Open Access Highly Accessed Research article

Understanding the prescription of antidepressants: a Qualitative study among French GPs

Alain Mercier1*, Isabelle Auger-Aubin2, Jean-Pierre Lebeau3, Paul Van Royen4 and Lieve Peremans5

Author Affiliations

1 Department of General Practice, Rouen University and CIC Inserm 0204, Rouen University, Rouen, France

2 Department of General Practice, Denis Diderot Paris 7 University, Paris, France

3 Department of General Practice, Tours University, Tours, France

4 Department of Primary and Interdisciplinary Care, Faculty of Medicine, University of Antwerp, Antwerp, Belgium

5 Department of Public Health, Vrije Universiteit of Brussels, Brussels, Belgium

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BMC Family Practice 2011, 12:99  doi:10.1186/1471-2296-12-99

Published: 24 September 2011



One-tenth of France's population is prescribed at least one antidepressant, primarily by General Practitioners. The reasons for this high prescription rate remain unclear. One-third of these prescriptions may not comply with clinical practice guidelines, and 20% are potentially unrelated to any psychiatric condition. Our aim was to explore how GPs declare they use antidepressants in daily practice and understand their reasons for prescribing them.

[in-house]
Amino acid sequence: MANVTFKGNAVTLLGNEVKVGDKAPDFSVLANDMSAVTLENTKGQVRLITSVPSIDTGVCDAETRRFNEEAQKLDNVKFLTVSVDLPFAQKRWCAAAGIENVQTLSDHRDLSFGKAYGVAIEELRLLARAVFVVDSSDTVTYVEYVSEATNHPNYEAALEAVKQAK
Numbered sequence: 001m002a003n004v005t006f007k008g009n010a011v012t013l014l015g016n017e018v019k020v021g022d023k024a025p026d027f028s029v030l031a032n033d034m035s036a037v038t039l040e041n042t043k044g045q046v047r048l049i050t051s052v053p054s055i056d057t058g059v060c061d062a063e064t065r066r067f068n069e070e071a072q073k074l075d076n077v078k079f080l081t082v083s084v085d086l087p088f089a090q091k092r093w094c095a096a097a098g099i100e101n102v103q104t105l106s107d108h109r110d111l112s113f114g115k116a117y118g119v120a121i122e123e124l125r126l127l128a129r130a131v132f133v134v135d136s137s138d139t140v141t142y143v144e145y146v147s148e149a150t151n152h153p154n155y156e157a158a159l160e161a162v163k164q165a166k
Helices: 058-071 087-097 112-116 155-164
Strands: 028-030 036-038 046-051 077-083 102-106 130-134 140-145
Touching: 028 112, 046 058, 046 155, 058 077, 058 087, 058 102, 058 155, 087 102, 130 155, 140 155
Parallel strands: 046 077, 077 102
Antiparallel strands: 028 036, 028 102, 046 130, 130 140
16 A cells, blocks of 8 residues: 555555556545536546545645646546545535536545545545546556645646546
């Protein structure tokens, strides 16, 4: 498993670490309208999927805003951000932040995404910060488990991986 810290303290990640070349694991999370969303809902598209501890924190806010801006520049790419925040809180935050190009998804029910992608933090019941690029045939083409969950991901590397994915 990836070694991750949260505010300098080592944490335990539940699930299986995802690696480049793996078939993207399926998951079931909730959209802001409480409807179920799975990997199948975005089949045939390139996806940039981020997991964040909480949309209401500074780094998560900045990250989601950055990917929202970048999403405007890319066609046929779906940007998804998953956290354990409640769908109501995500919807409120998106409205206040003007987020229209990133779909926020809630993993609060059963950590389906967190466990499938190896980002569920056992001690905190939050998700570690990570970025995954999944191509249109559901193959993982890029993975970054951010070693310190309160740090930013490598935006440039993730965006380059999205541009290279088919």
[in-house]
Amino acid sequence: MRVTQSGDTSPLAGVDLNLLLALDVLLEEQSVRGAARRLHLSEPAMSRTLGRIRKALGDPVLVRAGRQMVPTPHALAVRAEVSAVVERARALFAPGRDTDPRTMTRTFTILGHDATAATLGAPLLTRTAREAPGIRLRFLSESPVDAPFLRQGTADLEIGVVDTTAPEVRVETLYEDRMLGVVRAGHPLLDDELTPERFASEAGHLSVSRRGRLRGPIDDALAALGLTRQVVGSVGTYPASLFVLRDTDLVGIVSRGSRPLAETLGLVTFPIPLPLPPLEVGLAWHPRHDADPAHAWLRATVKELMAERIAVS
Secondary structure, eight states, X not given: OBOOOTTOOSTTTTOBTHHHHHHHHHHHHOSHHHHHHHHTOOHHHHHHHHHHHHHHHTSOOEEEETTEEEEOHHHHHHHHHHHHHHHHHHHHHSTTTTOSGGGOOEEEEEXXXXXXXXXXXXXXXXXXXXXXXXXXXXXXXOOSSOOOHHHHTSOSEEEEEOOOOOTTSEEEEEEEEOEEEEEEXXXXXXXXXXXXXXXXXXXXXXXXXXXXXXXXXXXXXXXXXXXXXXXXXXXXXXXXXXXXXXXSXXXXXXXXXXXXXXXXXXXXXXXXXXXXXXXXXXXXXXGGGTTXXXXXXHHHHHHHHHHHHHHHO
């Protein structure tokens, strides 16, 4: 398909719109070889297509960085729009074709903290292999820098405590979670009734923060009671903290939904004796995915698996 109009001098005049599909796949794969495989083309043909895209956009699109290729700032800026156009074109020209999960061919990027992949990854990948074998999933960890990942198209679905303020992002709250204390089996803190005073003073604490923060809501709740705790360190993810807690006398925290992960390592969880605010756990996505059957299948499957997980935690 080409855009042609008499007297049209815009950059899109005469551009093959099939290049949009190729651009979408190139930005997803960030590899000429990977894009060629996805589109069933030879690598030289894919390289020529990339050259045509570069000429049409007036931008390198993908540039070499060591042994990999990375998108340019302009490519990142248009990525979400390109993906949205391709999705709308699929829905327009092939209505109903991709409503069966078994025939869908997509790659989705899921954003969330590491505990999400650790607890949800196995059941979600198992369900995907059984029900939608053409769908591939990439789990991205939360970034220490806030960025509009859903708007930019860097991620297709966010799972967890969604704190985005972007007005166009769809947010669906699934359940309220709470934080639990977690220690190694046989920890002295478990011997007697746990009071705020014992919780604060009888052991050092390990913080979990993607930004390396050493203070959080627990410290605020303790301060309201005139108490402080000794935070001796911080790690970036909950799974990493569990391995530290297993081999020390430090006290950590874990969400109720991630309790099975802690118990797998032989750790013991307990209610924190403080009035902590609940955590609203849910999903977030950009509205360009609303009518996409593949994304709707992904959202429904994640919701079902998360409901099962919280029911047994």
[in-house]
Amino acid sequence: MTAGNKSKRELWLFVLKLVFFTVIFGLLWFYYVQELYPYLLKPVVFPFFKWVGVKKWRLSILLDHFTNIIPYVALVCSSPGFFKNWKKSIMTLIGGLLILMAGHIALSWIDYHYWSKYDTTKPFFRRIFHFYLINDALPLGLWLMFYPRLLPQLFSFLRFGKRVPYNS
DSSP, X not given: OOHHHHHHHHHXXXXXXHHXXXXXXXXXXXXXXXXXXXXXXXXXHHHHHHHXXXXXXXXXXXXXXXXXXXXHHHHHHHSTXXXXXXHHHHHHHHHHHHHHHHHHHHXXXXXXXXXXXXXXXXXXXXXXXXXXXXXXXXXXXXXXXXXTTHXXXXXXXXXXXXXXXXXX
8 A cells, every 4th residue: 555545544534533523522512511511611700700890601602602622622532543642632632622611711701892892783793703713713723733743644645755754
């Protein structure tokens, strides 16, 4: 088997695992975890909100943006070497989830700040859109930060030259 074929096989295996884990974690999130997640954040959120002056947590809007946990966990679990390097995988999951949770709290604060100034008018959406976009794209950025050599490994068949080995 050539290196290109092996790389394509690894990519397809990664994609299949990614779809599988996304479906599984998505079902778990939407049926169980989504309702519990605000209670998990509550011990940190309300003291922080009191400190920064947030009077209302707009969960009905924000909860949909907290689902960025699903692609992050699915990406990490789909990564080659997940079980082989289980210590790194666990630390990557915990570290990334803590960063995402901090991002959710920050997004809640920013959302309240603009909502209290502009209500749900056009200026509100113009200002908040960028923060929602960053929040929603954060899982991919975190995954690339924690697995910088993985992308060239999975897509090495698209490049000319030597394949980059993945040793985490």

Six focus groups including a total of 56 rural and urban GPs, with four interviews were performed. The topic guide focused on reasons for prescribing antidepressants in various primary care situations. Phenomenological analysis was performed by four researchers.


Antidepressants were seen as useful and not harmful. Personal assessment based on experience and feeling determined the GPs' decisions rather than the use of scales. Twenty-four "non-psychiatric" conditions possibly leading to prescription of antidepressants in primary care were found.


The GPs reported prescribing antidepressants for a wide range of conditions other than depression. The GPs' decision making process is difficult and complex. They seemed to prefer to focus on their difficulties in diagnosing depression rather than on useless overtreatment. Instead of using the guidelines criteria to detect potential cases of useful prescription, physicians tend to use their own tools based on gut feelings, knowledge of the patient and contextual issues.